Give Now

Earth Eats: Real Food, Green Living

Kombucha Tea Draws Fire Over Alcohol Content

Some die-hard Kombucha fans are finding empty store shelves where their favorite fermented tea should be.

Kobucha tea is being pulled from grocers' shelves

Photo: girlinredshoes (flickr)

Signs like this one are cropping up on grocers' doors across the country.

Some die-hard Kombucha fans are finding empty store shelves where their favorite fermented tea should be.

Grocers have pulled kombucha off their shelves in the last month due to questions about elevated alcohol levels in the so-called non-alcoholic beverage.

The federal limit is 0.5 percent alcohol content for a product to be labelled non-alcoholic. Some samples of kombucha have shown to have as much as 3 or 4 percent alcohol content.

The Food and Drug Administration with the Alcohol and Tobacco Tax and Trade Bureau are testing various kombucha samples to determine if the product requires re-labelling as an alcoholic beverage.

If kombucha is missing from your local store’s shelves, no worries, you can always make your own.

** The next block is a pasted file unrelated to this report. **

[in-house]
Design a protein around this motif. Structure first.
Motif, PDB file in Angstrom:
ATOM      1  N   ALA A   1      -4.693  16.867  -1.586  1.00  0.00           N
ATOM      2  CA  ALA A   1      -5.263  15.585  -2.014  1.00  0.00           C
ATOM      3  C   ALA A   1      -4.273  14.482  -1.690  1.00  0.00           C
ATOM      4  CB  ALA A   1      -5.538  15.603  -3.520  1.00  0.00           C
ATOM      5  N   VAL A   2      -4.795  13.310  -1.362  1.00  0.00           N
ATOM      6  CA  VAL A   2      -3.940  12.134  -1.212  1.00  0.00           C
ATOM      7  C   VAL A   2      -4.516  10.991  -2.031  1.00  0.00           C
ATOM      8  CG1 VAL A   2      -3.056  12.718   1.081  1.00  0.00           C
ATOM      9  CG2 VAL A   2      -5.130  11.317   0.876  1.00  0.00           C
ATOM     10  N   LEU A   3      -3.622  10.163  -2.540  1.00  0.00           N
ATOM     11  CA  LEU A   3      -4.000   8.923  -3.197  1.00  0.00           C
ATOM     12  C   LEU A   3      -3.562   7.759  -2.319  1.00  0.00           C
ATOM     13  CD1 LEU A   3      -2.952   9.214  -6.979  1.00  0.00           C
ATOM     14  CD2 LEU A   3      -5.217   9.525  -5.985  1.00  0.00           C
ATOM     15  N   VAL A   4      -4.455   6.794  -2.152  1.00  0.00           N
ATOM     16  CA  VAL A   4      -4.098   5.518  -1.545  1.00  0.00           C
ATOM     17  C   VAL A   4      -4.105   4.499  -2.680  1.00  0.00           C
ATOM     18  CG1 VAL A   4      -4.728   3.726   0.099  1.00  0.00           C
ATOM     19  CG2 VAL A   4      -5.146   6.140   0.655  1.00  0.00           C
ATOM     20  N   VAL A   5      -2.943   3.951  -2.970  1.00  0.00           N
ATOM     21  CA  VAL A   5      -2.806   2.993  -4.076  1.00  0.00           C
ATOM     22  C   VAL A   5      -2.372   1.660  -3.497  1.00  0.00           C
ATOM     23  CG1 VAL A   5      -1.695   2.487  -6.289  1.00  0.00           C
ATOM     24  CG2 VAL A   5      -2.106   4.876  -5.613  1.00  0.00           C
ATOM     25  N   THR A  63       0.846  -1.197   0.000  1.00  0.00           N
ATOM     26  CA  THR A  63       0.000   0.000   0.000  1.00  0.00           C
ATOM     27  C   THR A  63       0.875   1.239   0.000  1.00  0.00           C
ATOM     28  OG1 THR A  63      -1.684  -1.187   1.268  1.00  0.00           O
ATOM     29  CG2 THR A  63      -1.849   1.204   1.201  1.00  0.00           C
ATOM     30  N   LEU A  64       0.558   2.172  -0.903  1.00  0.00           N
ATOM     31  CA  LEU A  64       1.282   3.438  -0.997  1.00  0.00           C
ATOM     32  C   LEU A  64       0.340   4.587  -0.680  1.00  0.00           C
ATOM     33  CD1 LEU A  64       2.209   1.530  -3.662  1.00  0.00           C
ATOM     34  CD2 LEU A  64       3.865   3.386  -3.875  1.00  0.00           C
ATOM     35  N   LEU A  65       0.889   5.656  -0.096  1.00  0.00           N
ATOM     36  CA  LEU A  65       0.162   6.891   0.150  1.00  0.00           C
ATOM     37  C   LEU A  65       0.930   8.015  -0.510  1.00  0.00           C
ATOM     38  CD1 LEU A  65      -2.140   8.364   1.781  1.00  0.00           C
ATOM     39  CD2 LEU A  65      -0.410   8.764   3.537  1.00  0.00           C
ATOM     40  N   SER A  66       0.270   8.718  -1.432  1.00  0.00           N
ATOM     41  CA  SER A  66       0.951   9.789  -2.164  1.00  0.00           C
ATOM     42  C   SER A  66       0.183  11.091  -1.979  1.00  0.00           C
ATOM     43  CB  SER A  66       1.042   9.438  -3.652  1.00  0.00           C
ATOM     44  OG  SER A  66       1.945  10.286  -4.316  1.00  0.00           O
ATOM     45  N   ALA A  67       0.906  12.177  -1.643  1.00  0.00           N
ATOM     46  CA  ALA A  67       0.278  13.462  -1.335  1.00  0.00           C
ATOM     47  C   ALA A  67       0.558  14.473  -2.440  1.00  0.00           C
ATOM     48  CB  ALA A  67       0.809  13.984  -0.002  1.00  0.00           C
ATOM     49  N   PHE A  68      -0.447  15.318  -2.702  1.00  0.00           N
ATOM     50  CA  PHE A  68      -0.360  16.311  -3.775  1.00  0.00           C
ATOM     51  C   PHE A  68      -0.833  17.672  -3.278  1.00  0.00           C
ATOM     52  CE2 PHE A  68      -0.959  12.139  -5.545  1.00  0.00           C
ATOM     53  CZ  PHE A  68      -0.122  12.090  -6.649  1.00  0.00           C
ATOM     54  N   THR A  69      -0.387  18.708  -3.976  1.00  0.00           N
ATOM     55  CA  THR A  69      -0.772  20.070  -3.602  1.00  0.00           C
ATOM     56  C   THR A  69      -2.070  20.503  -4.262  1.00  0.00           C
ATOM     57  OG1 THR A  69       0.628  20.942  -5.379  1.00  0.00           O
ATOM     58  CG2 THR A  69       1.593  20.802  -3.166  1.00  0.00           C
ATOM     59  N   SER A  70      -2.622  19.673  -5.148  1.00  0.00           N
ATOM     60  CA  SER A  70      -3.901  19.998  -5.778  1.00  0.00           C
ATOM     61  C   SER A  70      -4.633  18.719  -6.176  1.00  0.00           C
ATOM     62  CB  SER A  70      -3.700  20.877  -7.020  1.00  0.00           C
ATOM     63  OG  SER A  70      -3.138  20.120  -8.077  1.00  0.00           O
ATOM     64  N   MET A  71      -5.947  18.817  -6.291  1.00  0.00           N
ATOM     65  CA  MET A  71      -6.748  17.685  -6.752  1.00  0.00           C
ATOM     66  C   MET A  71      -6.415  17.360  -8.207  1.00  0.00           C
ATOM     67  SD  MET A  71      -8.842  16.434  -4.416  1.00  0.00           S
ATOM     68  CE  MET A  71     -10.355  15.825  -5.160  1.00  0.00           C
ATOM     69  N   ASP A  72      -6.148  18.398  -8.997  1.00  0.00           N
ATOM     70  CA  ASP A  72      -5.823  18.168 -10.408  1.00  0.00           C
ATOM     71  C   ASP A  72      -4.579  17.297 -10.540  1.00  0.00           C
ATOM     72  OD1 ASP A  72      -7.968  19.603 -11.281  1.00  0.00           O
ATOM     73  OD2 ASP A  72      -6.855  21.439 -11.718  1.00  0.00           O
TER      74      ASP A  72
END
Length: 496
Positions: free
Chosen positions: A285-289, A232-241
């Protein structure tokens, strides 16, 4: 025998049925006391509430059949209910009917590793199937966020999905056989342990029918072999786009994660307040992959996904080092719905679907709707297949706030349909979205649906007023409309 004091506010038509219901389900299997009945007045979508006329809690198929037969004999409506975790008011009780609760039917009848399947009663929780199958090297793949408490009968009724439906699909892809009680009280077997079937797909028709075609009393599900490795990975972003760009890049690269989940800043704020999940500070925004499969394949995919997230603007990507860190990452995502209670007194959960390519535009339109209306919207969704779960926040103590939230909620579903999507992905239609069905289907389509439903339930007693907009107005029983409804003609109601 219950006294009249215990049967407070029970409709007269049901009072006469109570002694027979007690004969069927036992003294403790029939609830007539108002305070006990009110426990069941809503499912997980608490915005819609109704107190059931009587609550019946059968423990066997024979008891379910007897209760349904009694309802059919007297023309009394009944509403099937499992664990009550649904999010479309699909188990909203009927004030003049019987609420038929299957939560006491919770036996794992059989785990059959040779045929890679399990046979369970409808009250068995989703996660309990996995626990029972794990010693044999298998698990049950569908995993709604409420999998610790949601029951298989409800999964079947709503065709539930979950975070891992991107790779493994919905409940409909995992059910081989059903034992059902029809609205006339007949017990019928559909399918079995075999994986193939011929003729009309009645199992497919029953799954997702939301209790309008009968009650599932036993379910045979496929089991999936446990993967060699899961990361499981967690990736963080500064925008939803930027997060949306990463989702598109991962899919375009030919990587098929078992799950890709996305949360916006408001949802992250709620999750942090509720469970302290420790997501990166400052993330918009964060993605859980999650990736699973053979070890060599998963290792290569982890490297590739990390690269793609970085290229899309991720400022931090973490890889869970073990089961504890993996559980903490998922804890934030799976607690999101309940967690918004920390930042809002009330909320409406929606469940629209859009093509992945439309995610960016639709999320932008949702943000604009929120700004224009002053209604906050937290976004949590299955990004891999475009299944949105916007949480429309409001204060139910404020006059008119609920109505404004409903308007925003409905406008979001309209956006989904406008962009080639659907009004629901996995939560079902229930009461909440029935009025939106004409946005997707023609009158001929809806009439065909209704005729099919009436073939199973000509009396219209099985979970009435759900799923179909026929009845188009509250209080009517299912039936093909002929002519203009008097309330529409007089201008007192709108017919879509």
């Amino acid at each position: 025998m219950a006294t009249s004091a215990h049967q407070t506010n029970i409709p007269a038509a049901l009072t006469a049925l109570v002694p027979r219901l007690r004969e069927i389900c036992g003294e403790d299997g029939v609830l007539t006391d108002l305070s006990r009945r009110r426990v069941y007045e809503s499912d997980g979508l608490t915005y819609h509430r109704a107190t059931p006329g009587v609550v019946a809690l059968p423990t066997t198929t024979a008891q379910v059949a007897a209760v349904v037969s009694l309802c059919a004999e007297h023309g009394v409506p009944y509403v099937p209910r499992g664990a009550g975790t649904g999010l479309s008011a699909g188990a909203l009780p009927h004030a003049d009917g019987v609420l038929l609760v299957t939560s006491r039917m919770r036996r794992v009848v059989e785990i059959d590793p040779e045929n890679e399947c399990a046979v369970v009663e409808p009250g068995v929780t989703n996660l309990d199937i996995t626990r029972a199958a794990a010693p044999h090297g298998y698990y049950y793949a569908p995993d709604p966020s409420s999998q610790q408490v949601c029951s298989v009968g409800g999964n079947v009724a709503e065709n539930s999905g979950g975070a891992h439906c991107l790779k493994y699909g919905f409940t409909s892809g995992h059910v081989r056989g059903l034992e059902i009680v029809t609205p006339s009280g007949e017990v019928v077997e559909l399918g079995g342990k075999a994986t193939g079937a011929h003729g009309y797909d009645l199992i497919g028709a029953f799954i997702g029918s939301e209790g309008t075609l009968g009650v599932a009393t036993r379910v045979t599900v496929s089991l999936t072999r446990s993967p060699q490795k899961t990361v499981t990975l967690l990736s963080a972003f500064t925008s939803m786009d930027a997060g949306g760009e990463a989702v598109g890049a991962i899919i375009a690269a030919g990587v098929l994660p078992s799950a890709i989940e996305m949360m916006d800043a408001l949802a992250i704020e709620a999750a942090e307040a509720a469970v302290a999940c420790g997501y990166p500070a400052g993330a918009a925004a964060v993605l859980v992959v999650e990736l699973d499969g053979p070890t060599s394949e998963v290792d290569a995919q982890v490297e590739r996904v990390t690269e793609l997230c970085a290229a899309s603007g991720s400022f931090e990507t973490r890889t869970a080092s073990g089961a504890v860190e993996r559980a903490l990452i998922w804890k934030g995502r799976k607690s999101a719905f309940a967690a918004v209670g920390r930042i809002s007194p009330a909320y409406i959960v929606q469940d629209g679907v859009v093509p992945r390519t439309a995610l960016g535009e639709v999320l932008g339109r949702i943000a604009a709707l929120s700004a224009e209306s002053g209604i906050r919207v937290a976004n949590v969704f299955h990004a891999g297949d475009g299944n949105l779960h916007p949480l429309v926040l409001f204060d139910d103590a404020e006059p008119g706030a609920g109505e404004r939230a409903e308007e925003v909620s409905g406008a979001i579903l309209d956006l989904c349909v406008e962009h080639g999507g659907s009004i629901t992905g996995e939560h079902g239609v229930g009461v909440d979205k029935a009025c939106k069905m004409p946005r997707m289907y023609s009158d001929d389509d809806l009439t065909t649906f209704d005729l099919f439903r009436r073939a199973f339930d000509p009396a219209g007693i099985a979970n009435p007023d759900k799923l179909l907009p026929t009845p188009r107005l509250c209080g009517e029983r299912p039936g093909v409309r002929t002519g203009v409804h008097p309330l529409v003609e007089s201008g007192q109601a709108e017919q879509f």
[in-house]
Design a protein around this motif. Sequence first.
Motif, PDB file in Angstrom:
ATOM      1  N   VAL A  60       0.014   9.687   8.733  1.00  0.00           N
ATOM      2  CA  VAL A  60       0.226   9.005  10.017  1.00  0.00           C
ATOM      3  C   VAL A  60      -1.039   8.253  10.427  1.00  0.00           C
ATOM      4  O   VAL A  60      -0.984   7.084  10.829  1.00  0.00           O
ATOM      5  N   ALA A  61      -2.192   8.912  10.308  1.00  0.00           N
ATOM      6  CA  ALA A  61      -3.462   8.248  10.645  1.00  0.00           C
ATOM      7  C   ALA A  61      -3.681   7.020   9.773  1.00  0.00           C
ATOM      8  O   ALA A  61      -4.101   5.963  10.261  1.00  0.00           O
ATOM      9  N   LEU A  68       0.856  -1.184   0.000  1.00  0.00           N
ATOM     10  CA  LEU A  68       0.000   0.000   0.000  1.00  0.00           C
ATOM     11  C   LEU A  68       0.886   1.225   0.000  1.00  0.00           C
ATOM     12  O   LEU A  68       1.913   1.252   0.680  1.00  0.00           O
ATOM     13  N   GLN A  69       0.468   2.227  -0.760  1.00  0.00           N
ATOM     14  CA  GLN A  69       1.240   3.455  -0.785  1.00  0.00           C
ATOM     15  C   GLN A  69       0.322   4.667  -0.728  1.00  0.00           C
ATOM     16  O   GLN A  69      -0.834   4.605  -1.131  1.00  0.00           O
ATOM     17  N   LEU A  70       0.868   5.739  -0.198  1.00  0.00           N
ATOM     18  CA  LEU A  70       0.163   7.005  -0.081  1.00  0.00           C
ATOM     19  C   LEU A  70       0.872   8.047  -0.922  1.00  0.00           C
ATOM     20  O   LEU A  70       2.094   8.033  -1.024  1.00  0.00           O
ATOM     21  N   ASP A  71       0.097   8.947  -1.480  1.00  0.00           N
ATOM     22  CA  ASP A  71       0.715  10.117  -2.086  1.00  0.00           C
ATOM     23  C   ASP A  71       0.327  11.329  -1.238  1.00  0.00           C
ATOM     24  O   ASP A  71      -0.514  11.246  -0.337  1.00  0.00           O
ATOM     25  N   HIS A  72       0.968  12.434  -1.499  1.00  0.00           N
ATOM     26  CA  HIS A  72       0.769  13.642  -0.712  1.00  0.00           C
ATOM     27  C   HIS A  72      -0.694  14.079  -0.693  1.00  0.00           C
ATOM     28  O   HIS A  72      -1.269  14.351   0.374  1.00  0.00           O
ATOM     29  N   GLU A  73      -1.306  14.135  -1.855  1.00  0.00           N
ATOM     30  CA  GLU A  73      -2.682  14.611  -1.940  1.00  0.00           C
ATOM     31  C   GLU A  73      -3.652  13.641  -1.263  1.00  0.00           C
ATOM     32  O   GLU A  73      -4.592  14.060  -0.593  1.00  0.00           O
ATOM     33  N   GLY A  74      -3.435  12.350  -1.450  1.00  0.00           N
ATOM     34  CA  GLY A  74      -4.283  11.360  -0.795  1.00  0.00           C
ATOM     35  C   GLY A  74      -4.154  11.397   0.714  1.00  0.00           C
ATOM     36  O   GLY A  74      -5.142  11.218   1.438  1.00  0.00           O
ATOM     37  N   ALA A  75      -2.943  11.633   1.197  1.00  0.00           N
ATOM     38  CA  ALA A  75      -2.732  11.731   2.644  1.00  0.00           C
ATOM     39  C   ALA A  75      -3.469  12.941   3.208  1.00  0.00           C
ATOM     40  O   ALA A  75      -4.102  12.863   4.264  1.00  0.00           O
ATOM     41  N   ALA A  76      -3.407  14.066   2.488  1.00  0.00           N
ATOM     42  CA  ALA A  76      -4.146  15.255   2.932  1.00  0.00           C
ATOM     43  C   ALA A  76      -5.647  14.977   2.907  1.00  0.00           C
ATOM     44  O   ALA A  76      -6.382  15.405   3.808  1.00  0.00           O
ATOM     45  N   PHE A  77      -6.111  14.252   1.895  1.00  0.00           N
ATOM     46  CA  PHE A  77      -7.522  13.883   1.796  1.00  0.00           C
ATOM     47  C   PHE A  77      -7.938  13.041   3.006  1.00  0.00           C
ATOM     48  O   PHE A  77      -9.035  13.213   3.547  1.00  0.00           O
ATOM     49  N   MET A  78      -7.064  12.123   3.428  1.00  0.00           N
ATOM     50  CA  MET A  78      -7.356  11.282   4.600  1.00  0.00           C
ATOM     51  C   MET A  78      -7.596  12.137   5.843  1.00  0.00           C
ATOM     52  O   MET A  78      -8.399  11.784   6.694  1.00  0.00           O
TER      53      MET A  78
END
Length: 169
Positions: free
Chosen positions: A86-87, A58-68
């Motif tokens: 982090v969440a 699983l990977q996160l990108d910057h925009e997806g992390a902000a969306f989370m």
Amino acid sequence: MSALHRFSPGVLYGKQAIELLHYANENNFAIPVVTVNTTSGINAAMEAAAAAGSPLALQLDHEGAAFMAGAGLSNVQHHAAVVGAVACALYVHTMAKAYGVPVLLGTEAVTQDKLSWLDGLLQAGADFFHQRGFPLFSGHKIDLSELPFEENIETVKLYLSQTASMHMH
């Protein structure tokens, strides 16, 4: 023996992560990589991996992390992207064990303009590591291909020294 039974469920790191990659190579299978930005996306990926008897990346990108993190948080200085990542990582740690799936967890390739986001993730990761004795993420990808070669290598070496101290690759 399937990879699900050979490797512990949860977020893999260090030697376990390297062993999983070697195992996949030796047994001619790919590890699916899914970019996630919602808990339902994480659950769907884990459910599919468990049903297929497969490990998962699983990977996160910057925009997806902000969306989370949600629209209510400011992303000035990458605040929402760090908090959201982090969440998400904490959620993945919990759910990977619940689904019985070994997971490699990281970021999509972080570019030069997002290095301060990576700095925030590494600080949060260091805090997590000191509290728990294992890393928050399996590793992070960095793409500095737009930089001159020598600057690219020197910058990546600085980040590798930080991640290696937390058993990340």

Read More:

Megan Meyer

Megan Meyer was in the company of foodies for most of her formative years. She spent all of her teens working at her town's natural food co-op in South Dakota, and later when she moved to Minneapolis, worked as a produce maven for the nation's longest running collectively-managed food co-op. In 2006, she had the distinct pleasure (and pain) of participating the vendanges, or grape harvest, in the Beaujolais terroire of France, where she developed her compulsion to snip off grape clusters wherever they may hang. In the spring of 2008, Megan interned on NPR's Science Desk in Washington, D.C., where she aided in the coverage of science, health and food policy stories. She joined Indiana Public Media in June, 2009.

View all posts by this author »

What is RSS? RSS makes it possible to subscribe to a website's updates instead of visiting it by delivering new posts to your RSS reader automatically. Choose to receive some or all of the updates from Earth Eats:

Support For Indiana Public Media Comes From

About Earth Eats

Search Earth Eats

Earth Eats on Twitter

Earth Eats on Flickr

Harvest Public Media